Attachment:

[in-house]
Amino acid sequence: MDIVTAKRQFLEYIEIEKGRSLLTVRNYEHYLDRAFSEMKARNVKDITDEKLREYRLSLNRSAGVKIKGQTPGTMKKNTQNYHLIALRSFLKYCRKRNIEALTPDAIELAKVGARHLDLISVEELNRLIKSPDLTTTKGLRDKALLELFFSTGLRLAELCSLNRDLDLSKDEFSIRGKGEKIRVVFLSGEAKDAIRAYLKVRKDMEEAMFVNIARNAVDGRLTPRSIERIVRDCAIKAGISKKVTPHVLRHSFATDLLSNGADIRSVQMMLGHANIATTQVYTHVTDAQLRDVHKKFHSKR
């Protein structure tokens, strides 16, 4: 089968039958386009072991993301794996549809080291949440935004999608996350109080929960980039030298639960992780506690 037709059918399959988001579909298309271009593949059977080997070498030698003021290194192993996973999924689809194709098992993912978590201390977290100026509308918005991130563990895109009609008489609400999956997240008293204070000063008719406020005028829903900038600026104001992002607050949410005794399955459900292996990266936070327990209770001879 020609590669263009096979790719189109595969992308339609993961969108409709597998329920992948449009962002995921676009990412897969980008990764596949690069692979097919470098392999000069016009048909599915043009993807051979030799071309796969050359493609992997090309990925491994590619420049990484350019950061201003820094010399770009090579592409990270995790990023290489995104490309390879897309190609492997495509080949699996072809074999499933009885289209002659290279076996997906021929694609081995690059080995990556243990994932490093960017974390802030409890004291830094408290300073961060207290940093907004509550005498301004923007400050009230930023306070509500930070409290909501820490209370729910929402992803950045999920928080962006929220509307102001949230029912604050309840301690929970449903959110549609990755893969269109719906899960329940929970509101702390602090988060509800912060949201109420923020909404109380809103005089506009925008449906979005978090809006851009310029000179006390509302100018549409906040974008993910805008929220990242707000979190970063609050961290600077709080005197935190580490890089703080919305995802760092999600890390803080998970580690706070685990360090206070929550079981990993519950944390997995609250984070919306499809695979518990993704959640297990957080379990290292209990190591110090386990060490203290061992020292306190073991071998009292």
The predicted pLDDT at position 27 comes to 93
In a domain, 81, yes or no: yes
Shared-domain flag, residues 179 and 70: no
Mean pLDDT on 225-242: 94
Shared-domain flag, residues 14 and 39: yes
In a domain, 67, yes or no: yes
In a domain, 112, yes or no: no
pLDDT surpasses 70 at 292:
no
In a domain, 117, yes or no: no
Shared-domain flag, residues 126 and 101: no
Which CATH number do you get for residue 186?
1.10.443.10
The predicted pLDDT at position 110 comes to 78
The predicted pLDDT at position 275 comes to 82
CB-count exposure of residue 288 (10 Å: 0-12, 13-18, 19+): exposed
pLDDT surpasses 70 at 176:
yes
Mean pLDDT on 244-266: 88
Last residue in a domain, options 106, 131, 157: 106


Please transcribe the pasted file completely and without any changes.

[in-house]
Amino acid sequence: MDIVTAKRQFLEYIEIEKGRSLLTVRNYEHYLDRAFSEMKARNVKDITDEKLREYRLSLNRSAGVKIKGQTPGTMKKNTQNYHLIALRSFLKYCRKRNIEALTPDAIELAKVGARHLDLISVEELNRLIKSPDLTTTKGLRDKALLELFFSTGLRLAELCSLNRDLDLSKDEFSIRGKGEKIRVVFLSGEAKDAIRAYLKVRKDMEEAMFVNIARNAVDGRLTPRSIERIVRDCAIKAGISKKVTPHVLRHSFATDLLSNGADIRSVQMMLGHANIATTQVYTHVTDAQLRDVHKKFHSKR
């Protein structure tokens, strides 16, 4: 089968039958386009072991993301794996549809080291949440935004999608996350109080929960980039030298639960992780506690 037709059918399959988001579909298309271009593949059977080997070498030698003021290194192993996973999924689809194709098992993912978590201390977290100026509308918005991130563990895109009609008489609400999956997240008293204070000063008719406020005028829903900038600026104001992002607050949410005794399955459900292996990266936070327990209770001879 020609590669263009096979790719189109595969992308339609993961969108409709597998329920992948449009962002995921676009990412897969980008990764596949690069692979097919470098392999000069016009048909599915043009993807051979030799071309796969050359493609992997090309990925491994590619420049990484350019950061201003820094010399770009090579592409990270995790990023290489995104490309390879897309190609492997495509080949699996072809074999499933009885289209002659290279076996997906021929694609081995690059080995990556243990994932490093960017974390802030409890004291830094408290300073961060207290940093907004509550005498301004923007400050009230930023306070509500930070409290909501820490209370729910929402992803950045999920928080962006929220509307102001949230029912604050309840301690929970449903959110549609990755893969269109719906899960329940929970509101702390602090988060509800912060949201109420923020909404109380809103005089506009925008449906979005978090809006851009310029000179006390509302100018549409906040974008993910805008929220990242707000979190970063609050961290600077709080005197935190580490890089703080919305995802760092999600890390803080998970580690706070685990360090206070929550079981990993519950944390997995609250984070919306499809695979518990993704959640297990957080379990290292209990190591110090386990060490203290061992020292306190073991071998009292």
The predicted pLDDT at position 27 comes to 93
In a domain, 81, yes or no: yes
Shared-domain flag, residues 179 and 70: no
Mean pLDDT on 225-242: 94
Shared-domain flag, residues 14 and 39: yes
In a domain, 67, yes or no: yes
In a domain, 112, yes or no: no
pLDDT surpasses 70 at 292:
no
In a domain, 117, yes or no: no
Shared-domain flag, residues 126 and 101: no
Which CATH number do you get for residue 186?
1.10.443.10
The predicted pLDDT at position 110 comes to 78
The predicted pLDDT at position 275 comes to 82
CB-count exposure of residue 288 (10 Å: 0-12, 13-18, 19+): exposed
pLDDT surpasses 70 at 176:
yes
Mean pLDDT on 244-266: 88
Last residue in a domain, options 106, 131, 157: 106